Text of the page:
Thursday's announcement that 2014 was one of the safest years on Minnesota's highways since World War II came with a somber caveat.
Barely half over, 2015 has seen an alarming number of road deaths, with 198 people having lost their lives so far, according to a news release.
The Minnesota Department of Public Safety (DPS) says that's a 21 percent increase over the number of deaths reported at the same time last year – 164.
Preliminary numbers show 50 of those people weren't wearing seatbelts, and 23 of the victims were under the age of 21 – nearly twice that many seniors aged 65 and older are among this year's dead.
Motorcyclists account for 37 of the 2015 fatalities – DPS describes that number as a whopping 106 percent increase over the number of deaths from last year.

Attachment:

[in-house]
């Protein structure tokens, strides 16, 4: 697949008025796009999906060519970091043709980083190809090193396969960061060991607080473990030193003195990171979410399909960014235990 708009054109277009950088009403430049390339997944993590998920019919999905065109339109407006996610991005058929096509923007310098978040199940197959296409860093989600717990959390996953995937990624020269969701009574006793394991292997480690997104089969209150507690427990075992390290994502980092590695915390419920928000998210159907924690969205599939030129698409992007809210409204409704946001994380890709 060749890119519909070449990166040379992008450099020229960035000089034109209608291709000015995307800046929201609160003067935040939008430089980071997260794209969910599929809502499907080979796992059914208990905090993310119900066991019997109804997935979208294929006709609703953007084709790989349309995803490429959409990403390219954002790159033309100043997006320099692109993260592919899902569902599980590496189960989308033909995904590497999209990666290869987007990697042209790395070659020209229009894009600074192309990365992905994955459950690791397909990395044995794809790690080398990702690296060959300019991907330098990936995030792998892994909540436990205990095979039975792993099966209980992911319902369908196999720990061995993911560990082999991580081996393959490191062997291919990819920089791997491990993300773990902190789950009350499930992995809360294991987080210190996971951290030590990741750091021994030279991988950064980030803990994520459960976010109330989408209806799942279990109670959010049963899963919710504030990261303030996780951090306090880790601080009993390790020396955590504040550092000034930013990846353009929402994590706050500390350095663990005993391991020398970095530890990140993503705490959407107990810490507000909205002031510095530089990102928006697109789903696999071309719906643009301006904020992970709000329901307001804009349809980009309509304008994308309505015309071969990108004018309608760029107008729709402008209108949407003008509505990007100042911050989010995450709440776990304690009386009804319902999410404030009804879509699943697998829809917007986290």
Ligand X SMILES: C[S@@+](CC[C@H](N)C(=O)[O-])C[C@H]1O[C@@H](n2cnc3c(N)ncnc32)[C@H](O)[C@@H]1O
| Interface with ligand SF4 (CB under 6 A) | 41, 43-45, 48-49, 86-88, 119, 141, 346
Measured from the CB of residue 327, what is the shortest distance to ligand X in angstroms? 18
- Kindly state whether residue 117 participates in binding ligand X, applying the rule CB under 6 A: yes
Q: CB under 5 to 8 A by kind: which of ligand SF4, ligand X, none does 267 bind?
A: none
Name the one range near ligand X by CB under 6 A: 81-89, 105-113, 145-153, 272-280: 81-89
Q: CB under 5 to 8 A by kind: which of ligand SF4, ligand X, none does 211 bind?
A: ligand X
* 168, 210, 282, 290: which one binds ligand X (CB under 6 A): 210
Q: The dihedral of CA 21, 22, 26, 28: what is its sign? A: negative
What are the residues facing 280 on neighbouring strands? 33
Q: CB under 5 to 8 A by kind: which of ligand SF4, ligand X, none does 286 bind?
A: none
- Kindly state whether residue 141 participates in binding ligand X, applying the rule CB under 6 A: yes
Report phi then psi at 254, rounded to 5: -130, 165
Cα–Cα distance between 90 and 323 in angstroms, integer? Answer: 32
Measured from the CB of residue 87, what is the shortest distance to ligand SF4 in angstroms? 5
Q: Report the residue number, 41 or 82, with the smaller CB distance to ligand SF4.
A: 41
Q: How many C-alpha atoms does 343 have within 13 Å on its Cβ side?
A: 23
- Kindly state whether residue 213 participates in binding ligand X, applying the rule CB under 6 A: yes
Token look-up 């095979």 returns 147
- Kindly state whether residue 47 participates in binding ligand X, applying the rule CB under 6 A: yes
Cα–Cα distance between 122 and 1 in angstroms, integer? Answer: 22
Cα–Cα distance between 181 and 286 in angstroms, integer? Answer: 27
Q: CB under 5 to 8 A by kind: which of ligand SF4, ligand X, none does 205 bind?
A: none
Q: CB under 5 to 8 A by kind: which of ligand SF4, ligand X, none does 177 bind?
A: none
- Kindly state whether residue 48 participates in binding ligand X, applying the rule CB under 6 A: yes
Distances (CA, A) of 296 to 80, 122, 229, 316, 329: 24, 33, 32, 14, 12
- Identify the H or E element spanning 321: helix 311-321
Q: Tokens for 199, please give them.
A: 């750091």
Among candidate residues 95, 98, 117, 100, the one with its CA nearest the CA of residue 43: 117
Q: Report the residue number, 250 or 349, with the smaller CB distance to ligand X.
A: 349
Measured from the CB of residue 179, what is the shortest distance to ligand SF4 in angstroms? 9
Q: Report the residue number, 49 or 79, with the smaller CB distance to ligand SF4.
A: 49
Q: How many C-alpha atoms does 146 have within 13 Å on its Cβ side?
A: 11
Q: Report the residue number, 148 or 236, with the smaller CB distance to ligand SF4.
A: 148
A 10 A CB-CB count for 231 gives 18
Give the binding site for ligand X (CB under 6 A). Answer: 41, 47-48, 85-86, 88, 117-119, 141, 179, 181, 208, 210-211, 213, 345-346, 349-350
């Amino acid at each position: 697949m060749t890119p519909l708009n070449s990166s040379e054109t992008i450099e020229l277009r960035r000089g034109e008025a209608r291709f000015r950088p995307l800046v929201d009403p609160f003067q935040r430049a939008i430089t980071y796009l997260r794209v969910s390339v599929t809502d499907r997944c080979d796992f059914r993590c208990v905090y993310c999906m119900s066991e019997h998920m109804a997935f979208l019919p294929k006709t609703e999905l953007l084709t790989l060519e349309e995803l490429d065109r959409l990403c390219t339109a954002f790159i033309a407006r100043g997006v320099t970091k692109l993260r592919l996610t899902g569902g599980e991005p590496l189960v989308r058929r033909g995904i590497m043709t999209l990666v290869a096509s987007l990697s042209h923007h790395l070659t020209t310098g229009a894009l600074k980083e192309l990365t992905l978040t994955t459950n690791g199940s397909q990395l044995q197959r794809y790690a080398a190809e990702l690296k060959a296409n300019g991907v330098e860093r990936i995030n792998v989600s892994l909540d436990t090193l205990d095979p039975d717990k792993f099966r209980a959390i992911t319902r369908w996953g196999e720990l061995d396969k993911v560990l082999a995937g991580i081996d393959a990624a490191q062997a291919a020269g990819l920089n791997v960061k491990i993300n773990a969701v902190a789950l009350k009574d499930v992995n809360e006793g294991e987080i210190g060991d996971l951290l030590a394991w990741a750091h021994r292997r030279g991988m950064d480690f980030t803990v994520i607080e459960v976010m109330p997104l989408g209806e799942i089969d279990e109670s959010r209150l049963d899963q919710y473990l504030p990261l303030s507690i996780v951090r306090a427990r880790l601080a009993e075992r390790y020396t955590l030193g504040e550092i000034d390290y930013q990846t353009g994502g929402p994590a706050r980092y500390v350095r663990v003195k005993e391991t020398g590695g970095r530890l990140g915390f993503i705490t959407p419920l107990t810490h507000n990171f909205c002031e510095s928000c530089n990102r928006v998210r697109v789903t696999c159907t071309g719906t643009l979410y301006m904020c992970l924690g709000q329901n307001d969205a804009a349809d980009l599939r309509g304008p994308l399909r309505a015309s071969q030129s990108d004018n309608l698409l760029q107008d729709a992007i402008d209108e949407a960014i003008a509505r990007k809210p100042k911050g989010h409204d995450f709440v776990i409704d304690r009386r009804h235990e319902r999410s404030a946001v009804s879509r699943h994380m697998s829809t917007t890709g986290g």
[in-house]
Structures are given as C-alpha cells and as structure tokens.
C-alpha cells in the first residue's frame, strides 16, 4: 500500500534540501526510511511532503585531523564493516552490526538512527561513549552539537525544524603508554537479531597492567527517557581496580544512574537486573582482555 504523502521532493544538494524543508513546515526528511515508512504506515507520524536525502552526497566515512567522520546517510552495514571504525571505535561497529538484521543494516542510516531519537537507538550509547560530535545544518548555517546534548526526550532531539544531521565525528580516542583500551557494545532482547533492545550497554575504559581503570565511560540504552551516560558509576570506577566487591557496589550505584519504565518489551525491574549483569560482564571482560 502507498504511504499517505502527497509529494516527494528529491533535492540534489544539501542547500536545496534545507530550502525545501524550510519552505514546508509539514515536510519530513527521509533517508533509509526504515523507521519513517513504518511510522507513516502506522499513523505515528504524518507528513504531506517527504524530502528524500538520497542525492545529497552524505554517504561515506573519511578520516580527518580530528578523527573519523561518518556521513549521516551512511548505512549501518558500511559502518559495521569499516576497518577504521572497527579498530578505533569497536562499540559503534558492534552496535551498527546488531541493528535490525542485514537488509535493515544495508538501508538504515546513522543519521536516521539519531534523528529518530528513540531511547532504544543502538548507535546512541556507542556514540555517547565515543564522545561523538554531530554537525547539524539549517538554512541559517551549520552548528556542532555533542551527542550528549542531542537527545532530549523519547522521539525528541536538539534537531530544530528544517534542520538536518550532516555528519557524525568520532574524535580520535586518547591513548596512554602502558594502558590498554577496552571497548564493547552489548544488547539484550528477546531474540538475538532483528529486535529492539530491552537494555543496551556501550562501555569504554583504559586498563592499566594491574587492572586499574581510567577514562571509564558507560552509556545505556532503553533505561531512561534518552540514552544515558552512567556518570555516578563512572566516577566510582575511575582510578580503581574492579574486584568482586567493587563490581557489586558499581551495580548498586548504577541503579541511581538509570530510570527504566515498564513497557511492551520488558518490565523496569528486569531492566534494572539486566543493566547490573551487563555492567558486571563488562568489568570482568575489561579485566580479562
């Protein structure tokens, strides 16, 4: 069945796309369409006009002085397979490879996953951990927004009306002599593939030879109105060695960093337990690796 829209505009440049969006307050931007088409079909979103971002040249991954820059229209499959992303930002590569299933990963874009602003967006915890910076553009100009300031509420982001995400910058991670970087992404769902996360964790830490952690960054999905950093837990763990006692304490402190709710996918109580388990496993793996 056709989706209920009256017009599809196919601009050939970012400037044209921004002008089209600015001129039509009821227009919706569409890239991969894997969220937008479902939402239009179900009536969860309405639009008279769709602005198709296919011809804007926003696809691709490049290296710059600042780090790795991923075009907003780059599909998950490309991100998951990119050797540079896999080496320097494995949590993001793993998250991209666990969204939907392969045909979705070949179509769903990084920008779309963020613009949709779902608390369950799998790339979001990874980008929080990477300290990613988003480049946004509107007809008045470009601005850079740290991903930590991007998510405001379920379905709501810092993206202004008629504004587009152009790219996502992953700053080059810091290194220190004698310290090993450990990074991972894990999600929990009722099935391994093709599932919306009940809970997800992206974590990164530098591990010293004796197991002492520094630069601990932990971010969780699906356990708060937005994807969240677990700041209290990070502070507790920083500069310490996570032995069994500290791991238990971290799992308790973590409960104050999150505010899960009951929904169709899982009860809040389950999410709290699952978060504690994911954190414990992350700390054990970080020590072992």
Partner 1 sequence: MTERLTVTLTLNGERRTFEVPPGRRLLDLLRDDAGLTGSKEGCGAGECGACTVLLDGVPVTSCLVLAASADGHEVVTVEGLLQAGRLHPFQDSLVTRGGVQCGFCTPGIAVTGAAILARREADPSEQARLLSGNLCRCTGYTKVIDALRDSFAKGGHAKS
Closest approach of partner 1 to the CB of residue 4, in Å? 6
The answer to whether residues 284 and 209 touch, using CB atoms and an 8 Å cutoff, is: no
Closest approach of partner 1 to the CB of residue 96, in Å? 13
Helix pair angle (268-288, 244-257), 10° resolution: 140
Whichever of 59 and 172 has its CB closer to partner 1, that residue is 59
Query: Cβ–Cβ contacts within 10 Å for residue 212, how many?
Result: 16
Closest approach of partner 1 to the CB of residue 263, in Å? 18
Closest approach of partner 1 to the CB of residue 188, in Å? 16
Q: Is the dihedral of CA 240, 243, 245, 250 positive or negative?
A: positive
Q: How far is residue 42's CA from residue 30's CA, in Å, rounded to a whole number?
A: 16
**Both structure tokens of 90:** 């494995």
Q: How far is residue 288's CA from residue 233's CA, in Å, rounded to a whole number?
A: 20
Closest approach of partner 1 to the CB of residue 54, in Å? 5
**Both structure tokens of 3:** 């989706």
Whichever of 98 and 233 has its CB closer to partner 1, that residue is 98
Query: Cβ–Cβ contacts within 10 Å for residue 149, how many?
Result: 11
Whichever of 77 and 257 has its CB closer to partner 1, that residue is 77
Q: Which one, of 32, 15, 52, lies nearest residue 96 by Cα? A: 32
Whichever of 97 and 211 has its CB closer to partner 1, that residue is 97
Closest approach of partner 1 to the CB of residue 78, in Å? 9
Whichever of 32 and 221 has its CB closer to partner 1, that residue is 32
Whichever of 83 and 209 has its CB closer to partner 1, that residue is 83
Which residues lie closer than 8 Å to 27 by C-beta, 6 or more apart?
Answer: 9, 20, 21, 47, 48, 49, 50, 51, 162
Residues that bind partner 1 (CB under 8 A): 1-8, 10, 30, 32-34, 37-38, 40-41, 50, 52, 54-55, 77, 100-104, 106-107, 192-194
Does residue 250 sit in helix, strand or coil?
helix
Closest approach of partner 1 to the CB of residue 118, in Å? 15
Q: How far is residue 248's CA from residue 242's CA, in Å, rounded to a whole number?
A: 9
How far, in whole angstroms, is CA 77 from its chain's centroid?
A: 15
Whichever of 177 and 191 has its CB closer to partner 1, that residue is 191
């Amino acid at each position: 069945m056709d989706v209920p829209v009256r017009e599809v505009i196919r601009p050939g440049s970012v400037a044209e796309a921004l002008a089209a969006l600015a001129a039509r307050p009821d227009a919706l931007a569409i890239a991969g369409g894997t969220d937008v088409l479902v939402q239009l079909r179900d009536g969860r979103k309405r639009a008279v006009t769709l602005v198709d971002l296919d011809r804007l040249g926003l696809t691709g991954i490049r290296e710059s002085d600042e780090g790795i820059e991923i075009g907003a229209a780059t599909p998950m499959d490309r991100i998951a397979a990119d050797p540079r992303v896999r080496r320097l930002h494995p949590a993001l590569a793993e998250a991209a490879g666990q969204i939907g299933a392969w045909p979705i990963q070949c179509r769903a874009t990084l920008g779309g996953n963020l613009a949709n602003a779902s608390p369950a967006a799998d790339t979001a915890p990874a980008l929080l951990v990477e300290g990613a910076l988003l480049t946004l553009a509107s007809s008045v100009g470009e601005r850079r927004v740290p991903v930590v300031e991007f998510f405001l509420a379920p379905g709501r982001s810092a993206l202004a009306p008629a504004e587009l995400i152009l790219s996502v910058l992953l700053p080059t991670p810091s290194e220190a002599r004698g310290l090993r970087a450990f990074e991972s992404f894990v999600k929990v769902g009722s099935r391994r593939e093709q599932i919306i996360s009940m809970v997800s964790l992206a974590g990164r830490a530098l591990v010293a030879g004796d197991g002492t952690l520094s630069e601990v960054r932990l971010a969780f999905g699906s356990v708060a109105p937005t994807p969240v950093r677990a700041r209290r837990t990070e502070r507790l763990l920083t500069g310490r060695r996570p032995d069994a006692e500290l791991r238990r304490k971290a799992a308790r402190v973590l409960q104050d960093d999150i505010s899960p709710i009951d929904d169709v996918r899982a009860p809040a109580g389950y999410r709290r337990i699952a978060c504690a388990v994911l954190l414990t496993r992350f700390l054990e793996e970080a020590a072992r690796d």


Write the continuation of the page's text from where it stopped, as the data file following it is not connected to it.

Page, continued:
In fact, earlier this year, safety officials reported that the start of the 2015 motorcycle season was the deadliest the state has on record.
“Minnesota has made great strides in the past several years improving traffic safety in Minnesota,” DPS Commissioner Mona Dohman said in the release. “While we are making progress, there is cause for concern as 2015 is off to a difficult start. We can’t get complacent when it comes to traffic safety and we must all commit to being safe drivers.”
Meanwhile, the agency says 2014 saw 361 deaths, the fewest since 1944, when 356 died on Minnesota's roads.
DPS, along with state law enforcement agencies, is in the midst of its "Toward Zero Deaths" initiative, a program that seeks to save lives by urging motorists to wear seatbelts and practice safe driving habits.